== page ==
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Federal Reserve Chairwoman Janet Yellen speaks during a news conference at Fed headquarters
Janet Yellen Photograph by Chip Somodevilla—Getty Images

A few questions, so Congress doesn’t waste Janet Yellen’s time

Jul 14, 2014

University of Virginia and Harvard researchers have found that people can’t stand thinking on their own for even 15 minutes. So much so that two-thirds of men and one quarter of women participating in the study self-administered an electric shock that they’d previously said they’d pay to avoid just to escape 15 minutes of uninterrupted thinking.

I’m guessing this is what is going on in D.C. right now, as some members of Congress try to push the Fed to mindlessly raise interest rates—likely an unpleasant shock to financial stability—when better thinking is what’s needed.

On Tuesday and Wednesday, in hearings with the Senate Banking Committee and the House Financial Services Committee, Federal Reserve Chair Janet Yellen will get to see if members of Congress have an attention span—and, if so, how long it is.

In a July 2 speech to the International Monetary Fund (IMF), Yellen laid out a thoughtful approach to achieving financial stability. Rather than simply concentrating on the use of interest rate shocks, the Fed should use the full range of its regulatory and supervisory powers, she argued.

Yellen’s approach, of course, differs markedly from her predecessor Alan Greenspan, one of the chief architects of the Great Recession, who made Time Magazine’s list of 25 people to blame for the financial crisis. Not only did Greenspan raise interest rates from historic lows when the economy was fragile, Time notes that he also had a “disdain for regulation” and it was only post-crisis thatGreenspan admitted his lack of wisdom in believing “that financial firms could regulate themselves.” During his reign, Congress swooned, mesmerized by Greenspan’s convoluted ramblings. (A new term was coined as a result: Fed Speak.)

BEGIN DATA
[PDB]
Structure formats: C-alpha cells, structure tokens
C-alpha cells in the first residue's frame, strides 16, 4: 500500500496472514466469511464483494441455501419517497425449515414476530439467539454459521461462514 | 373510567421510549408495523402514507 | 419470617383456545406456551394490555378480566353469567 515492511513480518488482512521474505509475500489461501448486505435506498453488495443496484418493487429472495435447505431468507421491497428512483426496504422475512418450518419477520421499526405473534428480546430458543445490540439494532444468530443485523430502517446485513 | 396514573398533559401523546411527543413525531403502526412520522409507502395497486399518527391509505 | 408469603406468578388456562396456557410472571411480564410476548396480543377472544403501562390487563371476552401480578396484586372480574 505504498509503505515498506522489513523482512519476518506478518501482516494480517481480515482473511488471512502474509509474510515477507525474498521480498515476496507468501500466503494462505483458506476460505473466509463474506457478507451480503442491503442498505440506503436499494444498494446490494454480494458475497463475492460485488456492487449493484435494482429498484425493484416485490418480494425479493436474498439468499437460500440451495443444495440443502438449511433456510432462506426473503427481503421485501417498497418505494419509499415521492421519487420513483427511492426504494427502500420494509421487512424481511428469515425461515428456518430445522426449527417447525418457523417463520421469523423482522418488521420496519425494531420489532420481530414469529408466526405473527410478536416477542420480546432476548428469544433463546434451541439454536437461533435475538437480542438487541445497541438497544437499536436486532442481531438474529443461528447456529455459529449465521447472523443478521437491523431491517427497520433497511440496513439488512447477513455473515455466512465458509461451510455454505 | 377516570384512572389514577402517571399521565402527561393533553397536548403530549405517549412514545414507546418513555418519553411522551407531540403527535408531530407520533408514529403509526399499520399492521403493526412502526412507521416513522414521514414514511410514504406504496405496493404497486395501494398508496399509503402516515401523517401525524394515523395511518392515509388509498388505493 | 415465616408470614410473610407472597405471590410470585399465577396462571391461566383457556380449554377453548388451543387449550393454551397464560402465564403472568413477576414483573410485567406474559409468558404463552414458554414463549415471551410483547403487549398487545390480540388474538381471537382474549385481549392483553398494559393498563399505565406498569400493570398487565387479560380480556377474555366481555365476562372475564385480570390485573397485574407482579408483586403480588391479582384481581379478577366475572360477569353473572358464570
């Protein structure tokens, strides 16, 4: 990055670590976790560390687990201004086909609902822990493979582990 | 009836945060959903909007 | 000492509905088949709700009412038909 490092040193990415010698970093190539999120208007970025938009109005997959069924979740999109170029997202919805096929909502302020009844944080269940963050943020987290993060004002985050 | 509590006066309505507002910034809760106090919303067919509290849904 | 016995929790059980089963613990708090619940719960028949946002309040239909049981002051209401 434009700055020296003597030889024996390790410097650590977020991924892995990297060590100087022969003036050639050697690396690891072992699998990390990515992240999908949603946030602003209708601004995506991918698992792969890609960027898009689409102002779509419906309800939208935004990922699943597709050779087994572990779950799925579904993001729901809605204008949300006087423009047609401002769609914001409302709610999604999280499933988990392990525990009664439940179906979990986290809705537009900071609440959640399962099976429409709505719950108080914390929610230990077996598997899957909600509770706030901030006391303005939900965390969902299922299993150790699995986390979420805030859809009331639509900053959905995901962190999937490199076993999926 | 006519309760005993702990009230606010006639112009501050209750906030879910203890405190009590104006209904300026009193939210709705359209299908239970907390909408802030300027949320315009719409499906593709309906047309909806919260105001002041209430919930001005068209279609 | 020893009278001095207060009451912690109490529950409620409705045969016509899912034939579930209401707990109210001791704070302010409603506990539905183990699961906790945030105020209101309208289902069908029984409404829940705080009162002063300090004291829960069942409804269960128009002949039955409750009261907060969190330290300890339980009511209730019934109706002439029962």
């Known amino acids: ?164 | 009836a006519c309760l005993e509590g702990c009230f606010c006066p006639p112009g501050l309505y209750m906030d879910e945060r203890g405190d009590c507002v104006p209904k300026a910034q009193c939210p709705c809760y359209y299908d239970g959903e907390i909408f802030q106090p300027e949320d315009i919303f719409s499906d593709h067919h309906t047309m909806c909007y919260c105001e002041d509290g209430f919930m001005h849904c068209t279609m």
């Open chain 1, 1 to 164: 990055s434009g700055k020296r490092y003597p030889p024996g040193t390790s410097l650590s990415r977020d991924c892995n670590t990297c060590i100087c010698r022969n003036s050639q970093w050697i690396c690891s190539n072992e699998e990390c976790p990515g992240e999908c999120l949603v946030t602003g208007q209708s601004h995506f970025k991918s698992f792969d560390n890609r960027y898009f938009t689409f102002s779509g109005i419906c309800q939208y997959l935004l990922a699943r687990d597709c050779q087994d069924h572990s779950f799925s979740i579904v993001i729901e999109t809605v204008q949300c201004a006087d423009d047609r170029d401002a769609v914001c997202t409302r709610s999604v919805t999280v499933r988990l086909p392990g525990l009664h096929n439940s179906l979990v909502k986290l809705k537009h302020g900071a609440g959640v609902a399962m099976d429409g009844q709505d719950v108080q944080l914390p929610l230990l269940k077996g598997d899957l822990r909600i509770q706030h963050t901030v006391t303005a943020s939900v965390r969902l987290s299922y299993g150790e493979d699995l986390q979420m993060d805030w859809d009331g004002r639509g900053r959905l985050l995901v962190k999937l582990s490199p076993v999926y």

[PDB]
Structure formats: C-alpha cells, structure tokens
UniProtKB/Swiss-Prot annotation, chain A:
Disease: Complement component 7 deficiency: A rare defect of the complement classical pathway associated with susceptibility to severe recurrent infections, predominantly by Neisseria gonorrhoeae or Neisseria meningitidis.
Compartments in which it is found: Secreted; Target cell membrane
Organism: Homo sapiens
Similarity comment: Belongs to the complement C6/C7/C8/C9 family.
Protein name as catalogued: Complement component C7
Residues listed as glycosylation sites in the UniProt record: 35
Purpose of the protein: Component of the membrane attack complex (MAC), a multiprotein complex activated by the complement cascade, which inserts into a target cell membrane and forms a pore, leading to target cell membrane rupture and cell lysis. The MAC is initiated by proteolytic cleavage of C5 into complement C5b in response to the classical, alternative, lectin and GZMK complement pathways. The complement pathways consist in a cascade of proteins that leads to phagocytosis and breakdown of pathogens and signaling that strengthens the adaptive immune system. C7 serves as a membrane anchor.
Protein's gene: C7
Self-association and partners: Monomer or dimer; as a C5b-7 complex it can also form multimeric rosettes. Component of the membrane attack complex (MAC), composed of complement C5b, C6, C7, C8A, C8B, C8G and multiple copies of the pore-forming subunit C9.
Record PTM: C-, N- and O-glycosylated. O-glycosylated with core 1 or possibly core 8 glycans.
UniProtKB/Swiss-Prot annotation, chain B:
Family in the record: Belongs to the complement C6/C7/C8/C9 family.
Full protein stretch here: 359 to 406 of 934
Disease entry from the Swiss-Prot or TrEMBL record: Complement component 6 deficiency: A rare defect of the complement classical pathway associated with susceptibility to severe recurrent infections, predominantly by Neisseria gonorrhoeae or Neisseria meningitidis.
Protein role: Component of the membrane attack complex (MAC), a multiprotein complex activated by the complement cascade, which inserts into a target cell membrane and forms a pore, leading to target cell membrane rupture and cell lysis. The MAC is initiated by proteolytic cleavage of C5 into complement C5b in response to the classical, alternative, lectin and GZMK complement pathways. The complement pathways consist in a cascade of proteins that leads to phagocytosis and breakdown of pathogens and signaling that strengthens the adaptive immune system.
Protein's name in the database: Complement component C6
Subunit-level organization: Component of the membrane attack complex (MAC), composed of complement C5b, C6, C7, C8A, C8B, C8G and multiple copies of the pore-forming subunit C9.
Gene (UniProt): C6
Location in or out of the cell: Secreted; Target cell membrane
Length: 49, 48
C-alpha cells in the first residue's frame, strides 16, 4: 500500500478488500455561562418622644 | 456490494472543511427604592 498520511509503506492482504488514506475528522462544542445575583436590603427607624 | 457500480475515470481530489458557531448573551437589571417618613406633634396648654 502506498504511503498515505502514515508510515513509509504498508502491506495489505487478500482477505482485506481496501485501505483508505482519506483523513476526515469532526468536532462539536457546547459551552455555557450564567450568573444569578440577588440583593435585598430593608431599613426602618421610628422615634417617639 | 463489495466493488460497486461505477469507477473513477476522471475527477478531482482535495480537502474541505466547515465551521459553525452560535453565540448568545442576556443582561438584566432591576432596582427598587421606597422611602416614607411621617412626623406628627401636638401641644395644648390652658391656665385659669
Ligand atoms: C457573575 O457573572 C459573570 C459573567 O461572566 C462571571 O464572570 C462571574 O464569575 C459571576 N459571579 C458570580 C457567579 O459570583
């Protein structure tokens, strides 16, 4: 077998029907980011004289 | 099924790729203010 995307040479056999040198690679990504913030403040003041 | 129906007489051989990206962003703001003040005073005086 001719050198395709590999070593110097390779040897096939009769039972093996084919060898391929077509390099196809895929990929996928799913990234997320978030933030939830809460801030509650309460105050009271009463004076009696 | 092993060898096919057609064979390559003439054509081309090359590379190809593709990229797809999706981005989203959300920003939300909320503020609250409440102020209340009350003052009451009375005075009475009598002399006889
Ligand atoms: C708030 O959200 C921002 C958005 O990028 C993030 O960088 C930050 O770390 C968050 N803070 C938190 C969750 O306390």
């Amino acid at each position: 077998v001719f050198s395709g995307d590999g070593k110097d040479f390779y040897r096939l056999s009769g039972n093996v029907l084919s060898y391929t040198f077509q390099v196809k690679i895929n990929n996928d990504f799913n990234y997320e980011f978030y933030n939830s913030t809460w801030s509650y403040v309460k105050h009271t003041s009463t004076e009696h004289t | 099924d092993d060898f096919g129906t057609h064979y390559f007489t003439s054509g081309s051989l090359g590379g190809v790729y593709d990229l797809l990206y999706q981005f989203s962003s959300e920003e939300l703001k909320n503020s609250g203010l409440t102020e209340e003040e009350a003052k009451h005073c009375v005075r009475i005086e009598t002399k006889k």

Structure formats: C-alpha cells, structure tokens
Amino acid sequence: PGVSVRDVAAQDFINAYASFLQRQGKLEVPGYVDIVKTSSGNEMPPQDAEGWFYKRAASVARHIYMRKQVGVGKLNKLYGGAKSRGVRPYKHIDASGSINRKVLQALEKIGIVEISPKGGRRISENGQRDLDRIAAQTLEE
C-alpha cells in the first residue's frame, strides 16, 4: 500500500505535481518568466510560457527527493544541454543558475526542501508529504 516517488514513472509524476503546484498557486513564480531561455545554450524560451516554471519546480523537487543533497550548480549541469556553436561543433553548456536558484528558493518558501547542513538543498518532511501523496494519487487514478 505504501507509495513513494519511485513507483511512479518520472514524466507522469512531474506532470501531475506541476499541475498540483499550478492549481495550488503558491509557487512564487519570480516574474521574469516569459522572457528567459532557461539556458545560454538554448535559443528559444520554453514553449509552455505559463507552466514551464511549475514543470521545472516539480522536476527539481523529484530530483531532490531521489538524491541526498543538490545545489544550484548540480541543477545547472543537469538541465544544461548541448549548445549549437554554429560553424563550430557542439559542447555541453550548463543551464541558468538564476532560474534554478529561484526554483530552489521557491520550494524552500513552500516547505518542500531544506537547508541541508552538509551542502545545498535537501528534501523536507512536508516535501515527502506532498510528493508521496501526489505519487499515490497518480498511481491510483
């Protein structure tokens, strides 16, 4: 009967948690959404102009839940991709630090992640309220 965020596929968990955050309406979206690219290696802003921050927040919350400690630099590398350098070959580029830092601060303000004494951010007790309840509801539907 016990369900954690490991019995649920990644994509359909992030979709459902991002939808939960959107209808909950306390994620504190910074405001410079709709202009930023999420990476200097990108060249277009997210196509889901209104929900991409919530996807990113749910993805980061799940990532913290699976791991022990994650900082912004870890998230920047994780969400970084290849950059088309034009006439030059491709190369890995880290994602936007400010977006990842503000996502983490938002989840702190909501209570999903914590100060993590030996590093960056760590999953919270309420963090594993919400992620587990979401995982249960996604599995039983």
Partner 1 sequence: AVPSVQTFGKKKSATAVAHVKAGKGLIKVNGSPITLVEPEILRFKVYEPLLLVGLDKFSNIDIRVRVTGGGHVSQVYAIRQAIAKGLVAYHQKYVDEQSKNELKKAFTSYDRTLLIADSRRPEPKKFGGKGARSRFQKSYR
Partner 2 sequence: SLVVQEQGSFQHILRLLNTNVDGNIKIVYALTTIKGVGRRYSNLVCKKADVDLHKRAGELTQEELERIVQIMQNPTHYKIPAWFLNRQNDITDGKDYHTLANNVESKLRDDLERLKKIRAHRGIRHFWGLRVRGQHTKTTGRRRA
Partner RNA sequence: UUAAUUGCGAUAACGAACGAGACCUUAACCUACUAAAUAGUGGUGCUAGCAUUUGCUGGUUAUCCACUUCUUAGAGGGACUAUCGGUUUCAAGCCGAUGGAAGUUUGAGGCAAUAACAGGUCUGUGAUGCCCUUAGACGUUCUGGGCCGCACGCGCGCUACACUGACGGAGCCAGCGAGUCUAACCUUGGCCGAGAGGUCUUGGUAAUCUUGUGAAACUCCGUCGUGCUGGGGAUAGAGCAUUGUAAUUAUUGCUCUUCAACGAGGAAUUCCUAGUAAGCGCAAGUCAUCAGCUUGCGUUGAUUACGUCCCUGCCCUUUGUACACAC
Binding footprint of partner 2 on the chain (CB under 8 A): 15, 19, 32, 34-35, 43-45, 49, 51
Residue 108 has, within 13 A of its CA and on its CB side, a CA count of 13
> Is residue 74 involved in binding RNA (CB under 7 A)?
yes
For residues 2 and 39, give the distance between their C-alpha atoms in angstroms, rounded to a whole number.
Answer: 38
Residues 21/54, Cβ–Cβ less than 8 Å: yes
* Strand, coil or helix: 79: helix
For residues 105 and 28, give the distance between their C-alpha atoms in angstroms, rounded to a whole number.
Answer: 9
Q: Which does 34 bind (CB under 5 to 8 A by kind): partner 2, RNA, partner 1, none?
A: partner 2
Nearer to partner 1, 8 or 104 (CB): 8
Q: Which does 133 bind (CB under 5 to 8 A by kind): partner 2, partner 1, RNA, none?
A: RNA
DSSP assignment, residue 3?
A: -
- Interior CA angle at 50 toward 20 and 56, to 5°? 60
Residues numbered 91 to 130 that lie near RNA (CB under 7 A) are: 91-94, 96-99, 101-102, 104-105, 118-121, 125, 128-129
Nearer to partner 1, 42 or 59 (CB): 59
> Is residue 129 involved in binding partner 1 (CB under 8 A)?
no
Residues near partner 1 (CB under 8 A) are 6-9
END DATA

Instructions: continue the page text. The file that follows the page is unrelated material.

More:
If members of Congress stop to think about it, Yellen’s IMF speech was laying out important areas for continued Congressional oversight. Rather than take up all the time at hearings quizzing her about interest rates, Congress ought to check in on the Federal Reserve’s efforts to address the issues she says led to the financial crisis in the first place.

For example, Congress should be using Yellen’s statements to ask her about what is left to be done to address “gaps in the regulatory structure that allowed some systemically important financial institutions (SIFIs) and markets to escape comprehensive supervision.” They could also ask what more needs to happen to increase “the transparency of exotic financial instruments” and address “deficiencies in risk measurement and risk management within the private sector.”

On July 10, Bloomberg News reported on the Bank of England’s concerns about the ability of U.K. banks to measure risk and capital requirements. Our regulators likely have similar concerns about U.S. banks’ capabilities and it would be helpful for Congress to determine Yellen’s views. As she noted in her speech to the IMF, bank capital is one of the “tools that build resilience” into the financial system.

Yellen’s speech mentioned other tools that can help prevent future financial crises, including liquidity buffers, effective governmental resolution of SIFIs, and derivatives regulation. Congress should get her to address each of these as well as areas where she thinks the U.S. has made progress. How would she recommend bank stress tests and capital analyses be further improved? How might regulators enhance supervision and examination of the SIFIs? What recommendations does she have to strengthen the living wills for the largest banks in the U.S.?

Yellen has also suggested that more needs to be done to reduce risks in the short-term wholesale funding markets for all market participants. Congress should understand in more detail what she would propose.

In her speech to the IMF, she noted that regulators in Canada, the U.K., and Switzerland as well as Norway and Sweden have determined that tinkering with interest rates is just one limited approach to addressing financial stability. Congress should inquire about those countries’ experiences.

Asking if interest rates should be adjusted is a knee-jerk question. Congress should be raising other, more important issues right now. Will they push Yellen to look for the keys to financial stability under the lamppost—or, will they give it some thought and ask her a few better questions?

Eleanor Bloxham is CEO of The Value Alliance and Corporate Governance Alliance. She may be reached at ebloxham@thevaluealliance.com.

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